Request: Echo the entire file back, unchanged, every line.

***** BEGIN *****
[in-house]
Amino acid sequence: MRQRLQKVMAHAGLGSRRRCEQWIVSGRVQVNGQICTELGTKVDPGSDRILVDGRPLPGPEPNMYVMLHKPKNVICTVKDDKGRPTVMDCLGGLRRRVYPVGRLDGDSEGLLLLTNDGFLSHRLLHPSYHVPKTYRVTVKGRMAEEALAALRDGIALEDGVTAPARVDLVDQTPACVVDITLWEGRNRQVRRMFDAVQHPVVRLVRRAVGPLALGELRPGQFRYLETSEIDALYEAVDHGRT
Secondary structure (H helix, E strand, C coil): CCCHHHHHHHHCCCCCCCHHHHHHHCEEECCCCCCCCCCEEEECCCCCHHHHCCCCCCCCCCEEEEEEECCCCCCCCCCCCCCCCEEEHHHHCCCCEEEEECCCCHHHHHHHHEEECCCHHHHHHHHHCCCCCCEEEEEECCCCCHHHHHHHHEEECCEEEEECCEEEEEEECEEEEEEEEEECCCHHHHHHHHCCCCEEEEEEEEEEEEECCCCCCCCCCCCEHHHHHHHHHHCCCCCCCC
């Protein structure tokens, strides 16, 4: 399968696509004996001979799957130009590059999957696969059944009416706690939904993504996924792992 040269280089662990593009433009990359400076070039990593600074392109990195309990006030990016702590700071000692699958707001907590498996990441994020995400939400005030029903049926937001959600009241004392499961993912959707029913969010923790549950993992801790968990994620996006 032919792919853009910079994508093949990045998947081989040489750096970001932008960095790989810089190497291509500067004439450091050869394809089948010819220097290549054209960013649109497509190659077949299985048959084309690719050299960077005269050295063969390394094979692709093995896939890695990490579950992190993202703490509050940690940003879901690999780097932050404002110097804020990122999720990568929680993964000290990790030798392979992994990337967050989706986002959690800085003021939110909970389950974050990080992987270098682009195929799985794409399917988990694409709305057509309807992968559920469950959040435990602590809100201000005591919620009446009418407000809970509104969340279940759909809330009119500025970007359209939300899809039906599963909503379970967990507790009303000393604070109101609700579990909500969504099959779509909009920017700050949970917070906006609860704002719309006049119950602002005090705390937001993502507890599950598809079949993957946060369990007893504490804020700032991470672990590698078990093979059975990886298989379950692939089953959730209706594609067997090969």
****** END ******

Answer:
[in-house]
Amino acid sequence: MRQRLQKVMAHAGLGSRRRCEQWIVSGRVQVNGQICTELGTKVDPGSDRILVDGRPLPGPEPNMYVMLHKPKNVICTVKDDKGRPTVMDCLGGLRRRVYPVGRLDGDSEGLLLLTNDGFLSHRLLHPSYHVPKTYRVTVKGRMAEEALAALRDGIALEDGVTAPARVDLVDQTPACVVDITLWEGRNRQVRRMFDAVQHPVVRLVRRAVGPLALGELRPGQFRYLETSEIDALYEAVDHGRT
Secondary structure (H helix, E strand, C coil): CCCHHHHHHHHCCCCCCCHHHHHHHCEEECCCCCCCCCCEEEECCCCCHHHHCCCCCCCCCCEEEEEEECCCCCCCCCCCCCCCCEEEHHHHCCCCEEEEECCCCHHHHHHHHEEECCCHHHHHHHHHCCCCCCEEEEEECCCCCHHHHHHHHEEECCEEEEECCEEEEEEECEEEEEEEEEECCCHHHHHHHHCCCCEEEEEEEEEEEEECCCCCCCCCCCCEHHHHHHHHHHCCCCCCCC
């Protein structure tokens, strides 16, 4: 399968696509004996001979799957130009590059999957696969059944009416706690939904993504996924792992 040269280089662990593009433009990359400076070039990593600074392109990195309990006030990016702590700071000692699958707001907590498996990441994020995400939400005030029903049926937001959600009241004392499961993912959707029913969010923790549950993992801790968990994620996006 032919792919853009910079994508093949990045998947081989040489750096970001932008960095790989810089190497291509500067004439450091050869394809089948010819220097290549054209960013649109497509190659077949299985048959084309690719050299960077005269050295063969390394094979692709093995896939890695990490579950992190993202703490509050940690940003879901690999780097932050404002110097804020990122999720990568929680993964000290990790030798392979992994990337967050989706986002959690800085003021939110909970389950974050990080992987270098682009195929799985794409399917988990694409709305057509309807992968559920469950959040435990602590809100201000005591919620009446009418407000809970509104969340279940759909809330009119500025970007359209939300899809039906599963909503379970967990507790009303000393604070109101609700579990909500969504099959779509909009920017700050949970917070906006609860704002719309006049119950602002005090705390937001993502507890599950598809079949993957946060369990007893504490804020700032991470672990590698078990093979059975990886298989379950692939089953959730209706594609067997090969």